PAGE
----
II. The reasonableness of complying with this divine injunction. Here let us consider,

1. That we are the offspring of God. He hath made us and not we ourselves. He is the Father of our spirits, and the former of our bodies. He hath made us wiser than the beasts of the field, and the fowls of heaven. His inspiration has given us understanding. We have derived all our rational and immortal powers from him; and by his constant visitation we are preserved in existence. There is no other being on whom we are so absolutely dependent; and there is no other being who has such an absolute propriety in us. These are plain and obvious reasons for his requiring, and for our giving him, our hearts. He says, “ If I be a Father, where is mine honor? and if I be a Master, where is my fear?” If he be our kind and almighty Father, we ought to feel like children towards him, and give him the supreme affection of our hearts. We esteem our existence as infinitely valuable. We would not exchange our rational and immortal spirits for the whole material creation. But whatever we have, that is rational, that is immortal, that is either naturally or morally excellent, we have received from him. Indeed, we have nothing, but what we have received from him. Our capacity of knowing his exist

nce, of discerning his moral excellence, and of loving his great and amiable character, we have received from him; yea, our capacity of loving and enjoying any thing, we have received from his infinite fulness. Nothing, therefore, can be more reasonable in the nature of things, than to love our Maker in whom we live, and move, and have our being, with supreme affection.

2. God is in himself infinitely worthy of the supreme love of all mankind. He is possessed of every great and amiable attribute. He is self existent and independent. He has always existed, and will always exist. His power is unlimited, and he can do every thing that can be done. He has made, and constantly upholds all things, by the word of his power. The heavens, and the earth, and the whole creation, are lighter in his hands than a feather in ours. His understanding is infinite, and surveys all things in all their relations and connections, constantly and perfectly. His presence surrounds all creatures, and fills all places. He is an absolute Sovereign, whose hand none can stay, and whose will none can control. He is infinitely greater than any and all created intelligences. All his creatures are as nothing, and less than nothing and vanity, in comparison with his unlimited and immense existence. These natural perfections of God are inseparably connected with his pure and universal benevolence. God is love. He regards all his creatures from the highest to the lowest, with a tender and benevolent heart. He is good unto all, and his tender mercies are over all his works. His love is entirely disinterested, and never degenerates into partiality, injustice, malevolence, or any other unholy affection. The most discerning eyes of men and of angels never have discovered, and never will discover the least deformity, or imperfection in his moral character. Our

Father who is in heaven, is supremely excellent in all his natural and moral attributes. It is therefore in the highest degree reasonable, that we should give him the supreme place in our hearts. The intrinsic and supreme excellence of the moral character of God, is the highest possible reason why we should love him supremely.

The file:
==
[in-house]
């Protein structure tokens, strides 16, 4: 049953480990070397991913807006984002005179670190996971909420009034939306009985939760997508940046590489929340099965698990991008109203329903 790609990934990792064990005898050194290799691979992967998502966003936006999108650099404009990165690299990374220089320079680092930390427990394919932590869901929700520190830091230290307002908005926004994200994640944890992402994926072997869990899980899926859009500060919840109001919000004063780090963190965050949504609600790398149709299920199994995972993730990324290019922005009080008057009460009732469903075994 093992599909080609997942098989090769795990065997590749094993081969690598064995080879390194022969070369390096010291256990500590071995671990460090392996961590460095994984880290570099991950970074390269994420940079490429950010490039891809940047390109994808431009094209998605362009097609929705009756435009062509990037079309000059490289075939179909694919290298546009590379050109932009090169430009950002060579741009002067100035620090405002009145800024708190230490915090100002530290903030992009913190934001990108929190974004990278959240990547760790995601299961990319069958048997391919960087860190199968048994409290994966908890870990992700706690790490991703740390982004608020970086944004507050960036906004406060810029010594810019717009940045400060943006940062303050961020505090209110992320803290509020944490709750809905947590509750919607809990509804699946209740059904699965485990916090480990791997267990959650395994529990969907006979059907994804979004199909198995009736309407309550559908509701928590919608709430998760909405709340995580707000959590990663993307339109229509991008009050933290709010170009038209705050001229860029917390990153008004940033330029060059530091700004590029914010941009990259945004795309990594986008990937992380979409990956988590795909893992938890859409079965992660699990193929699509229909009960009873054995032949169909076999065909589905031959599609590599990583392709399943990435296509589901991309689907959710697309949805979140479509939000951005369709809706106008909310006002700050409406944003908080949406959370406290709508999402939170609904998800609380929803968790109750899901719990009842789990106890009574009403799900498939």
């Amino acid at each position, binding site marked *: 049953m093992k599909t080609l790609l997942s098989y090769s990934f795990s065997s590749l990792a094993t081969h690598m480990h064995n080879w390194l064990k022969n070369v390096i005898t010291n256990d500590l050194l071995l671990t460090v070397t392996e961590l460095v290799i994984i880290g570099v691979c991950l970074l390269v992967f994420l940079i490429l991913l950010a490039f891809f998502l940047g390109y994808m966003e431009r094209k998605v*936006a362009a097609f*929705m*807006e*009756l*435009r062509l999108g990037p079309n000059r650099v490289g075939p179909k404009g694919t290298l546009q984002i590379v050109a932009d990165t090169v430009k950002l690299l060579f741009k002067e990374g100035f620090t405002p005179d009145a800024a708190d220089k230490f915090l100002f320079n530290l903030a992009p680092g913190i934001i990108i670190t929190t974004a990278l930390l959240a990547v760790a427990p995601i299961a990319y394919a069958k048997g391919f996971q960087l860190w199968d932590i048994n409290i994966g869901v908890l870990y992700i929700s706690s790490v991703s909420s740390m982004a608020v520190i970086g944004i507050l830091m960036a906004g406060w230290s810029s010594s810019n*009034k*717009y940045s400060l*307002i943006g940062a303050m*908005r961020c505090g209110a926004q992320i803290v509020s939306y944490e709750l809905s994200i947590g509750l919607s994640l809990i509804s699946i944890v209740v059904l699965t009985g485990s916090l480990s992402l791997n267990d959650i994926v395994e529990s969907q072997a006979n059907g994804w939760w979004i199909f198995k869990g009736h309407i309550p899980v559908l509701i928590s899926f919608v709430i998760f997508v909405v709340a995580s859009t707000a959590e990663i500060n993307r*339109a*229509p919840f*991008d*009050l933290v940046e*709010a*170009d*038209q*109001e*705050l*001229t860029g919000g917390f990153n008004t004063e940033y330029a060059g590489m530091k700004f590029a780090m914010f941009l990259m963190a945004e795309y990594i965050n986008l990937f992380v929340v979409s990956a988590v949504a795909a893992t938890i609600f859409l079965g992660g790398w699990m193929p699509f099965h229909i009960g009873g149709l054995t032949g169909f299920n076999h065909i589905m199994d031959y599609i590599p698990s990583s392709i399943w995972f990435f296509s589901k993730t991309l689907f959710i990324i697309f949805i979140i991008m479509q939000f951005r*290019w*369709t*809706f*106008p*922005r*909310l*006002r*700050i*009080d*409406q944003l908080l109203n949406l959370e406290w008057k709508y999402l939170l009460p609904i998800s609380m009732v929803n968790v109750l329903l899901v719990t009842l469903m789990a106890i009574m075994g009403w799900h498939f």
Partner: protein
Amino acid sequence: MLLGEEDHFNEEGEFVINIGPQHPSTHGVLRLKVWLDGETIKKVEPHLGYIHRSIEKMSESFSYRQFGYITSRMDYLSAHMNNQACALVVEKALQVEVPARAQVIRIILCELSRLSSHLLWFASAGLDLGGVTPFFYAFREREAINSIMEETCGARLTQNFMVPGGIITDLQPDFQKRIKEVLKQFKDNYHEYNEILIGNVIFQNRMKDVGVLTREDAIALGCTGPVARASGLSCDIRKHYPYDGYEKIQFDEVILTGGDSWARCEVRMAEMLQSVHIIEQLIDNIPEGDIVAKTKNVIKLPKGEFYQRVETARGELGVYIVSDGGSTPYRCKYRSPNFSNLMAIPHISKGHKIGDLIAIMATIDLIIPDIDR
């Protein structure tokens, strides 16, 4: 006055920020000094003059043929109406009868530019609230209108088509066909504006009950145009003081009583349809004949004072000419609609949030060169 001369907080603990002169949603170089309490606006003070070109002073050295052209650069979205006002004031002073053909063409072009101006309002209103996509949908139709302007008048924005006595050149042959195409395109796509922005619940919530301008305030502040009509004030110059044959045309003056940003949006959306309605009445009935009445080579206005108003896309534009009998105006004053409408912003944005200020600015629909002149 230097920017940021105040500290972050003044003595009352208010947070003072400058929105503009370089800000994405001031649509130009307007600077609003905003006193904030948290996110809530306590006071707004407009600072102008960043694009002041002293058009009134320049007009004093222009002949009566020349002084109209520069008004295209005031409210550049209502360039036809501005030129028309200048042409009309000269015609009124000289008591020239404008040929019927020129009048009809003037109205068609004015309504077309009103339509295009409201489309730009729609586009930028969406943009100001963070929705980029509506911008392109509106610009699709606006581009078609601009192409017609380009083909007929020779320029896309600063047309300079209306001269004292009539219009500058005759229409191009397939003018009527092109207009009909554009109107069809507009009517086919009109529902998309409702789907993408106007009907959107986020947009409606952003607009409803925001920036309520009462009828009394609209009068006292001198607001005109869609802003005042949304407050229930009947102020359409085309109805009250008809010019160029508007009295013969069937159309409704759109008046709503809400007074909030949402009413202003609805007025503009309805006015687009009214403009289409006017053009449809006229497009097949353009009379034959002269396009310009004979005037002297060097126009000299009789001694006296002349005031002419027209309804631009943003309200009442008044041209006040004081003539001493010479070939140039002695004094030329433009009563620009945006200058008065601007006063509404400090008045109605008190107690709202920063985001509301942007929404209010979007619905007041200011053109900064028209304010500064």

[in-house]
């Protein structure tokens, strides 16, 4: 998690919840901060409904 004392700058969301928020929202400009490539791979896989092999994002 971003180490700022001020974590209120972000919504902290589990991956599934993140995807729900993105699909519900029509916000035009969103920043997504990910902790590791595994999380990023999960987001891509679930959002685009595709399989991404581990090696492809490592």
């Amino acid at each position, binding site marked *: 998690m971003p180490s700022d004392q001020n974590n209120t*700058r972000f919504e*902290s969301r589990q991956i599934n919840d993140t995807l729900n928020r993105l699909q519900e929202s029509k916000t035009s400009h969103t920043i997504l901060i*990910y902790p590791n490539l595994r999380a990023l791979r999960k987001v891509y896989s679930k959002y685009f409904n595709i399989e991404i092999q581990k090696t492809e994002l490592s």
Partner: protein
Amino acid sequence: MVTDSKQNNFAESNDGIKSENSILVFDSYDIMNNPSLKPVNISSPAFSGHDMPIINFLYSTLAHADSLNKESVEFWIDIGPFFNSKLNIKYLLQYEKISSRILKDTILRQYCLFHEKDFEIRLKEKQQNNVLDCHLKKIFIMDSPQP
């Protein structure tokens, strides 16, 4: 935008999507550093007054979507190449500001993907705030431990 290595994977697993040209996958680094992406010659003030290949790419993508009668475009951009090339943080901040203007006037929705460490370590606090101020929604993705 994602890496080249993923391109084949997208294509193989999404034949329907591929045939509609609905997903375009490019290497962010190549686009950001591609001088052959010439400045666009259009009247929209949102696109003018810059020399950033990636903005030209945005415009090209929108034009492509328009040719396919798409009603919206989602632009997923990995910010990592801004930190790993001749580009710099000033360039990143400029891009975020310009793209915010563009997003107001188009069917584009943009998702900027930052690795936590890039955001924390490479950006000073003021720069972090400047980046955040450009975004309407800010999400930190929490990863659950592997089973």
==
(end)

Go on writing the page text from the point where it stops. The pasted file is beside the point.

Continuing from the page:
3. The conduct, as well as the character of God, renders it altogether reasonable that we should give him our hearts. He has done more for us than for any other of his rational creatures. He has exercised his absolute sovereignty in mercy to his sinful and ill deserving creatures on earth. Here he has done his most marvellous works and bestowed his most rich and distinguishing favors. For he has given his Son to die, to redeem us from the wrath to come. To the meanest and vilest of mankind, he has made the gracious offer of eternal life. Some of his most inveterate enemies he has turned into friends, and made them meet for the inheritance of the saints in light. And he is still carrying on his great and merciful design of redeeming love, from day to day, as well as from age to age, and bringing home many sons to glory. The operations of his grace towards the sinful children of men, excite the admiration and joy of all the heavenly hosts. How reasonable it is, then, that we should give our hearts to God, who has set his heart upon us, and done as much as it is morally possible for him to do for our everlasting good. God loves our world, and is constantly displaying the wonders of his grace before our eyes. We have, therefore, not only the strongest, but the most distinguishing and endearing reasons for loving him supremely and ardently.

4. It is reasonable that men should give God the supreme affection of their hearts, because this will afford them the highest happiness that they are capable of enjoying. All permanent happiness flows from love. None can enjoy true happiness without placing their supreme affections upon some agreeable object; and that object which stands highest in their affections must afford them their highest felicity. Those who love the world supremely, derive their highest happiness from the world. This is evident from universal observation. How often do we see worldly minded men become immediately wretched, by losing the things of the world which they once loved and possessed. Rational creatures always find their highest happiness in the object in which their hearts are bound up. The natural and irresistible conclusion is, that men must give their hearts to God, the greatest and best of beings, in order to enjoy the highest happiness. So long as their affections are alienated from him, a realizing sense of his character